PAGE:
I recently read an engaging book on the use of crowds and crowd-based intelligence for generating innovation. Shaun Abrahamson is one of the authors of Crowdstorm: The Future of Innovation, Ideas, and Problem Solving.
I have to admit that I am not a big believer in leveraging crowds for change—I think there is a fetish of the role that masses play in idea formation. I do believe that intelligence is distributed, but I’m an old-fashioned proponent of formal organizations.
But after reading Shaun’s book, I changed some of my stubborn views. The book is a systematic (and critical) appraisal of the role that crowds can play in diverse organizational and personal settings. I think Freakonomics readers might benefit from hearing Shaun’s insights.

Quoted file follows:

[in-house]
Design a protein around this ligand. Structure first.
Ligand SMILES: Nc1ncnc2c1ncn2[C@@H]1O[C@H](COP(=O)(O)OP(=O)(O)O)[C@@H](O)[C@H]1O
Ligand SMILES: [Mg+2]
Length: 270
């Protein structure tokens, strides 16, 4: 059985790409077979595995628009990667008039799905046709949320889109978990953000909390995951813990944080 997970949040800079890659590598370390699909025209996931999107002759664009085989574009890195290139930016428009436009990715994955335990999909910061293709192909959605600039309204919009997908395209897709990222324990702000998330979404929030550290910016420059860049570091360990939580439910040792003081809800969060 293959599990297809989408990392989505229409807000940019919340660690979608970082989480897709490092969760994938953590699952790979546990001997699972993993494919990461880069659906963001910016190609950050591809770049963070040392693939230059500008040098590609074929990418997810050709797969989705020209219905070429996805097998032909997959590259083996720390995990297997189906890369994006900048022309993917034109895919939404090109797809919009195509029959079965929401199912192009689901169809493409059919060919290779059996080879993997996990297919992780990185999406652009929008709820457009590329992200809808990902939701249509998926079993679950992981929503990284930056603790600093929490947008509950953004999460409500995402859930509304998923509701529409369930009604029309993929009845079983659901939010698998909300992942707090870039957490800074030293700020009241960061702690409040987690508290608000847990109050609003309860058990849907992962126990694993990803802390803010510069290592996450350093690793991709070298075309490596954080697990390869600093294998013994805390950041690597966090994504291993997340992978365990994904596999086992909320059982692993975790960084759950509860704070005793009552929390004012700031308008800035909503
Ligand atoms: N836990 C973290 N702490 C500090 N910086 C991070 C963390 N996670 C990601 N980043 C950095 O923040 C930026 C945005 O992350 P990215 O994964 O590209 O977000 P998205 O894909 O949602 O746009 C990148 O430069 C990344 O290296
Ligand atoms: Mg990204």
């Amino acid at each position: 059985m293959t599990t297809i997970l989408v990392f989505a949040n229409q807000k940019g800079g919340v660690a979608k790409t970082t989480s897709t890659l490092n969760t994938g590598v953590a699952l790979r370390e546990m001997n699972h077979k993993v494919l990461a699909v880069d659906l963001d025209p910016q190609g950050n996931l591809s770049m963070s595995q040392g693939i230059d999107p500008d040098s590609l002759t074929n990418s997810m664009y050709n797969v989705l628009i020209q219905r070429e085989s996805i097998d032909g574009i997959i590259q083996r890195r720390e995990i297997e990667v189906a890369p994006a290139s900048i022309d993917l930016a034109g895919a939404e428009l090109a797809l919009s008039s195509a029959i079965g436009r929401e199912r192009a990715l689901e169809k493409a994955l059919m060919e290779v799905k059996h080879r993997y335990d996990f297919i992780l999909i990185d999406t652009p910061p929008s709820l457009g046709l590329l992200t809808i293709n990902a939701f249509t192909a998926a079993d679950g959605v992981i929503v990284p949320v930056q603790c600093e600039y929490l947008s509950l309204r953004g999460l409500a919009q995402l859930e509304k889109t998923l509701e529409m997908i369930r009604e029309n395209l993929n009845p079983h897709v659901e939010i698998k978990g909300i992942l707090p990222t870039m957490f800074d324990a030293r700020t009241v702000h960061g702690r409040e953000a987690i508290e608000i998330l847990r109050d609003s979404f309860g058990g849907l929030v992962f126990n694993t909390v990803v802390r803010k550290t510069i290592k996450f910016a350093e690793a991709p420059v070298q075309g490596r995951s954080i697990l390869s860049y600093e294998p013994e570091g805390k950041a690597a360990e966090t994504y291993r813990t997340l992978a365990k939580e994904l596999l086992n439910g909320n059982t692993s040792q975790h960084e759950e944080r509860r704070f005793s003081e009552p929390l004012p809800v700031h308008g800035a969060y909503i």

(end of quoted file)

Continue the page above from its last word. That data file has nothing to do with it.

Q. Aristotle said that every new idea builds on something earlier by hiding/transforming it. What's old and what's "new" in crowdstorming?
A. The main newness is the identification of patterns for finding and evaluating ideas. More specifically the identification of patterns that seem to deliver good or better results than if we were to working with smaller groups of people.